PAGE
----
Artist Takes “The Opioid Spoon Project” On Cross-Country Tour

A provocative art installation aimed at drawing attention to the United States’ opioid crisis may soon be coming to a city near you.
Artist Takes “The Opioid Spoon Project” On Cross-Country Tour
Domenic Esposito, “The Opioid Spoon Project”/ Facebook

The artist and activist Domenic Esposito has created “The Opioid Spoon Project,” featuring four 800-pound sculptures depicting spoons used for opioids, which he has displayed outside drug companies. One of the sculptures, called FDA Spoon for the initials of the Food and Drug Administration that are engraved on the end, was displayed outside the federal agency’s headquarters in Washington, D.C. That piece was on display on the campus of Boston University for three weeks last month. Beginning November 6, it will be on display at the Mountainside Recovery Center in the Manhattan neighborhood of Chelsea.

“Our goal is to generate awareness about the intersection of art, activism and recovery; and the reality of the opioid crisis in the U.S.,” Esposito said in a statement.

Each of the four sculptures depicts a partially burnt spoon with a pool of liquid formed in the bowls, the byproduct of heating up heroin or crushed pills. Esposito’s first sculpture was placed outside the headquarters of OxyContin maker Purdue Pharma in Connecticut last year.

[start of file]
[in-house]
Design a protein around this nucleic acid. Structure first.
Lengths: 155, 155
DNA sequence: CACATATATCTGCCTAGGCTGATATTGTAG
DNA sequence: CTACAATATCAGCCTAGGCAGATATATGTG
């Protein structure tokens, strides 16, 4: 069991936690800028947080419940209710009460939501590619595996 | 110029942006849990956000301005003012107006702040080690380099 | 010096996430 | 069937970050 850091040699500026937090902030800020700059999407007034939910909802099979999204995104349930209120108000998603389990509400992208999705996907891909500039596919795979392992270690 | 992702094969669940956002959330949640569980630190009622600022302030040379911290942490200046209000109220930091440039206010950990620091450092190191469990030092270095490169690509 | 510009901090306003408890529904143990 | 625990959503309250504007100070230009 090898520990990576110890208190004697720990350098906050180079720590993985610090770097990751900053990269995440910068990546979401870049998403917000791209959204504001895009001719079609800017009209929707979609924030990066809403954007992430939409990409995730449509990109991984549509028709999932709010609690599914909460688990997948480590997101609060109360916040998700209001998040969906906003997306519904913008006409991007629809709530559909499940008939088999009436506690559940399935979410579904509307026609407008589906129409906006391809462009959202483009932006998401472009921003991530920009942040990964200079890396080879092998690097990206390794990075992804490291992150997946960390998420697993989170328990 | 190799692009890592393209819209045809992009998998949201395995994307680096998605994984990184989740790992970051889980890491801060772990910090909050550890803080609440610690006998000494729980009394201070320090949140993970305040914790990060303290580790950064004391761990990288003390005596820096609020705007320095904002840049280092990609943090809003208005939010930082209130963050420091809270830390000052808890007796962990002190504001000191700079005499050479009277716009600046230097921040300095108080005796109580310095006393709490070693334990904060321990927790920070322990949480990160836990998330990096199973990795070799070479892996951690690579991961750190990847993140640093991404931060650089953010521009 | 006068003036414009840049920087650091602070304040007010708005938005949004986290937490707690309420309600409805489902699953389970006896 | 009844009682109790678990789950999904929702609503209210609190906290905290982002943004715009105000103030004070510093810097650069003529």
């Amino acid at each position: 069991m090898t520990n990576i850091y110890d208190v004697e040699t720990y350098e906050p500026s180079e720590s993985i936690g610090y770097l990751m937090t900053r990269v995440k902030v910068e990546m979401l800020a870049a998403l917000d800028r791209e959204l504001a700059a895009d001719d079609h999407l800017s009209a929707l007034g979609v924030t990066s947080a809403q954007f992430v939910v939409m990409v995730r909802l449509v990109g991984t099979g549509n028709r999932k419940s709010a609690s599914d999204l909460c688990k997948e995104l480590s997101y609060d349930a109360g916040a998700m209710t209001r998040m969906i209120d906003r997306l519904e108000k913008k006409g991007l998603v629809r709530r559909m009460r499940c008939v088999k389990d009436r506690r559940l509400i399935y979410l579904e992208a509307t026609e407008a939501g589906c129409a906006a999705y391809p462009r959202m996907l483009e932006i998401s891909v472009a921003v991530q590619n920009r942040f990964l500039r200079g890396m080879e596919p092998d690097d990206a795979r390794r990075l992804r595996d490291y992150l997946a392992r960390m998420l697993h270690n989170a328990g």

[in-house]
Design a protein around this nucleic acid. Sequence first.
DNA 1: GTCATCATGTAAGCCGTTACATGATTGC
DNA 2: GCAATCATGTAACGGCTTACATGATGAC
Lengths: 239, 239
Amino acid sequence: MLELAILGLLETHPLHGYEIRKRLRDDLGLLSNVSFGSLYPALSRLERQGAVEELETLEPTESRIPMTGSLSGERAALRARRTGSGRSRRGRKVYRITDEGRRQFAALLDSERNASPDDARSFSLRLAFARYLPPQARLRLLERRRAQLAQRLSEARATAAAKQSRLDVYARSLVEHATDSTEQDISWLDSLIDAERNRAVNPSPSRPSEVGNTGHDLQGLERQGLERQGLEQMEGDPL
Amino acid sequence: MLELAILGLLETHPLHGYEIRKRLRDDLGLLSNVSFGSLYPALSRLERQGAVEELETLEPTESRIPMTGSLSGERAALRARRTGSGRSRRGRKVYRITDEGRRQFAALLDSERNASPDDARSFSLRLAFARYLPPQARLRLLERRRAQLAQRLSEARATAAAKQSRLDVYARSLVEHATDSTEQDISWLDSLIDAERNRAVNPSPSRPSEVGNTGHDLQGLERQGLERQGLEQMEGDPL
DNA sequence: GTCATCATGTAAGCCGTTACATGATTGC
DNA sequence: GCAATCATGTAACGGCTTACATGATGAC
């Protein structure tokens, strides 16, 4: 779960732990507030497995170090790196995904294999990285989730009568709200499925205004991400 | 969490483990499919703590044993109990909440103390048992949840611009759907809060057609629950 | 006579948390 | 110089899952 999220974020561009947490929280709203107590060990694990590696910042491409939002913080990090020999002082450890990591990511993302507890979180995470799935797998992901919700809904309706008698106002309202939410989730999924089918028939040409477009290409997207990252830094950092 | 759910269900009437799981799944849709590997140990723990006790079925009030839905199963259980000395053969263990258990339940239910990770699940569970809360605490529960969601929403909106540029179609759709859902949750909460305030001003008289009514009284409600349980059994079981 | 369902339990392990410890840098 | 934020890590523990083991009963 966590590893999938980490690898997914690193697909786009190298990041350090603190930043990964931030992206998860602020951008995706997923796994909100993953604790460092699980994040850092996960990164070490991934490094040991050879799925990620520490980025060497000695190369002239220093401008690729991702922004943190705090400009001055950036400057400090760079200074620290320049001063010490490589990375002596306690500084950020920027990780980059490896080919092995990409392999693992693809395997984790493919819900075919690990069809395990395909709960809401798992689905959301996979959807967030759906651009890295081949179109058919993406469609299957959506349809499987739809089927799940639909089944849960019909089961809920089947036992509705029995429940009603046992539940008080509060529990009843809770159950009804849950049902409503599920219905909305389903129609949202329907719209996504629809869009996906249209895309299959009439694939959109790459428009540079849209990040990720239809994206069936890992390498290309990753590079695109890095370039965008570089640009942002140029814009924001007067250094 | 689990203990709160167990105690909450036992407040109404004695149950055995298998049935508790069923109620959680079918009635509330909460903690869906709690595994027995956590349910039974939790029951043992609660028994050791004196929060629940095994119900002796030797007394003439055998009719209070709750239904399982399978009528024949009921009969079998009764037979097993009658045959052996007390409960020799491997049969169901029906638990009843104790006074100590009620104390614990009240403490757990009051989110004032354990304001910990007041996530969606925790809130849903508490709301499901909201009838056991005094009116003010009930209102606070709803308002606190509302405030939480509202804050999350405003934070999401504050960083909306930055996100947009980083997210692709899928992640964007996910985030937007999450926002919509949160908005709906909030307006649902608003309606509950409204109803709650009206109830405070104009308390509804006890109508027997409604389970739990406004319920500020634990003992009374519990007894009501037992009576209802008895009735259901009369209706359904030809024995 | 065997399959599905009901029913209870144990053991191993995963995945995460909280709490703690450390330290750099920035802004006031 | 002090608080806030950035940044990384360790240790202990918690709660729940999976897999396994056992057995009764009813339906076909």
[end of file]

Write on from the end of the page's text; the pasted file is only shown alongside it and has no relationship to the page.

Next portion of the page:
“I had kind of an epiphany about a year before,” Esposito said in an interview with BU Today, a publication covering news at Boston University. “I spoke at an event at my local parish about what my family was going through and the recovery services the archdiocese offers. You know, it’s a Sunday morning, everyone’s sort of half asleep, then at the end, you do the coffee and donuts. And I got approached by all these families, people saying my son or my daughter or my granddaughter is in a similar situation—I’m glad you opened up. So many people had the same story. There’s this sense of hopelessness. I was already doing a lot of art, so I thought, why don’t I make a huge statement with this spoon. Guerrilla art, sort of.”

Esposito told the publication that he opted to depict spoons rather than needles for a variety of reasons.

“First, it’s the symbolism behind a tool that is supposed to feed us and nourish us,” Esposito said. “Second, it is a clear sign that something is wrong when a drawer is missing spoons. I have heard this said by so many parents. Third, the spoon can be used for all opioids, including oxys and so many other drugs. The fact is that 80 percent of heroin users start on a synthetic opioid.”

According to the National Institute on Drug Abuse, more than 130 people die each day in the United States from overdosing on opioids.

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